Completeness and Accuracy Assertions of IPE from Internal Audits Perspective

Completeness and Accuracy Assertions of IPE from Internal Audits Perspective

In an ever-evolving financial reporting and internal audit landscape with a notable reliance on IT systems, ensuring completeness and accuracy over information provided/produced by the entity (IPE) remains crucial for the public companies. Testing completeness and accuracy (C&A) has become more scrutinous and burdensome than ever before. Completeness over the information used by the entity asserts that all transactions and accounts that should be present are included, whereas accuracy asserts amounts and other data relating to recorded transactions and events have been properly recorded. The PCAOB[1] and AICPA[2] require that completeness and accuracy of audit evidence provided by the entity be tested through their auditing standards.

CBIZ Risk & Advisory Services has drafted a series of perspective papers to discuss these issues in more detail and help position organizations for success with regard to C&A. To begin our series, we’ll first define IPE, key reports and information used by the company (IUC); discuss relevant data elements (RDE) within these reports; differentiate the types of IPE, addressing risks and considerations for each; and how innovations such as modern application reporting can help address management’s risks around IPE.

IPE is data generated by the company for audit purposes, such as to determine populations for sample selection or respond to audit requests, while information used in a control (IUC) is information utilized by the company for the operation of their key controls. IPE not only encompasses IUC within its broad definition, it also includes key reports that contain relevant data elements (RDE). RDEs are financial and non-financial information that affect the operation of the control or supports a key assumption or input. RDE appears within key reports typically as column fields (e.g., AR balance for a customer).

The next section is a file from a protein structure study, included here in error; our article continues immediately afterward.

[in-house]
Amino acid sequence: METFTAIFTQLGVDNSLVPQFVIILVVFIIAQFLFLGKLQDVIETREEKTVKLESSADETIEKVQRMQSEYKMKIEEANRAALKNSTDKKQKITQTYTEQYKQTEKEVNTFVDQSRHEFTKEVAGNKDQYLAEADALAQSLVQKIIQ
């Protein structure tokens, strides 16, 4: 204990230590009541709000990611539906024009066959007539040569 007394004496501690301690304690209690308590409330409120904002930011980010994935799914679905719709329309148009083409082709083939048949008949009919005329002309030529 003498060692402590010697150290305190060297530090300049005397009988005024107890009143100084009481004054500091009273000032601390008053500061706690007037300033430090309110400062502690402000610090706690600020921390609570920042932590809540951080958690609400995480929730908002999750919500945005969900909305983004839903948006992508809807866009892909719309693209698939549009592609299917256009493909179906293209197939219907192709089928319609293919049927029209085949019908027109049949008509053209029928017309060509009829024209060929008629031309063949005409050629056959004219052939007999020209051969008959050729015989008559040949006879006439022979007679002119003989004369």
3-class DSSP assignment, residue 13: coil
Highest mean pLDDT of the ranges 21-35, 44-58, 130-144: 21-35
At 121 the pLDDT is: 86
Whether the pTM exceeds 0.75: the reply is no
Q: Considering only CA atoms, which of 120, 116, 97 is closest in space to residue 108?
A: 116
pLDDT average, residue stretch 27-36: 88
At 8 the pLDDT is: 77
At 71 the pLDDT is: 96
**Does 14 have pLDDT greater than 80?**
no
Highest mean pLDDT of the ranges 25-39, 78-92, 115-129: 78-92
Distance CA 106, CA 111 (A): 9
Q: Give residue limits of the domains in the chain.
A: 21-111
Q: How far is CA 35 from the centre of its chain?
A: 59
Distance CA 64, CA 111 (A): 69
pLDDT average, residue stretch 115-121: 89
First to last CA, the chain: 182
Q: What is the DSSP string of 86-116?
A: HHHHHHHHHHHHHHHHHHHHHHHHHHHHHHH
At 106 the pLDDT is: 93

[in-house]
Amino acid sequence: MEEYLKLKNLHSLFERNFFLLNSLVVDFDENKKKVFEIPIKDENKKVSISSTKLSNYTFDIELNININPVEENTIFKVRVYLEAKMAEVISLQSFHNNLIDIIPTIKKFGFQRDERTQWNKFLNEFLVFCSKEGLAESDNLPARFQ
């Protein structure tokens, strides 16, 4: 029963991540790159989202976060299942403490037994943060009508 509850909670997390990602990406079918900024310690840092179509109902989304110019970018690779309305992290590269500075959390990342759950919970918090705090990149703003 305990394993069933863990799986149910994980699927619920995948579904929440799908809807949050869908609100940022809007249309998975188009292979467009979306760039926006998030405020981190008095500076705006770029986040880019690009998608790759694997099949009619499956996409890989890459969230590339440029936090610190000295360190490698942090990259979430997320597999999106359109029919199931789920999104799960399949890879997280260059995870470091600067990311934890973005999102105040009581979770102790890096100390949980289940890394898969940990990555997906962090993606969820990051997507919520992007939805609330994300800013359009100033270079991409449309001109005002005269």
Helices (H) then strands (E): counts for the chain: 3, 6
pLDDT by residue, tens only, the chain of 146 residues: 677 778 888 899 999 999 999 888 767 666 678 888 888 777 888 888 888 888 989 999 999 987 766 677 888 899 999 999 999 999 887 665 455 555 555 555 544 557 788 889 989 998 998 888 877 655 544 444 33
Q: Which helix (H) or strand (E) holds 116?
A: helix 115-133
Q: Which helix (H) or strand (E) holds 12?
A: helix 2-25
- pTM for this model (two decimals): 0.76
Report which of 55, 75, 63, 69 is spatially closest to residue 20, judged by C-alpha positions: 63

Key reports usually fall into five categories: custom reports, canned reports, external reports, manual reports and intra-application reporting.

  1. Custom reports are developed for the organization’s needs by the organization itself or a third party (vendor, consultant, etc.). These reports involve unique queries of the system data. Since queries are subject to the risk of modification, it is crucial that control performers review the results of the custom report for accuracy and document the parameters used in the query to ensure the complete data set intended to be captured is captured.

  3. Standard/Canned reports are those that are already configured within the system (e.g., a balance sheet extracted from an ERP for yearend). While the time frame of the data for a canned report may be customized, the type of data presented is consistent for each run of the report. While canned reports are less editable than custom reports, the risk of relying on incomplete data exists if the system-configured reports are not fully understood by management.

  5. External reports are those provided by an outside source typically directly to the end user or exported from the source site/dashboard, such as equity information processed by a third party. These reports are typically covered by the Service Organization Controls (SOC) report as part of the end user reliance on the service organization for completeness and accuracy of the processing and extraction of information. In the event the specific report name is not covered by the SOC report, management should evaluate the information provided and determine the steps necessary for validation of the completeness and accuracy of the information. Approaches to validation testing and precision of reviews over completeness and accuracy will be addressed in the next issue in our series.

  7. Manually created and maintained reporting, such as a fixed asset listing in Excel, are commonly used within smaller organizations with less robust IT infrastructure. Manual reports relied on for financial purposes are the most difficult to validate completeness and accuracy and pose the most risk for reporting. Some of these risks include version control, who has access to update the report, and human errors related to input and formulas.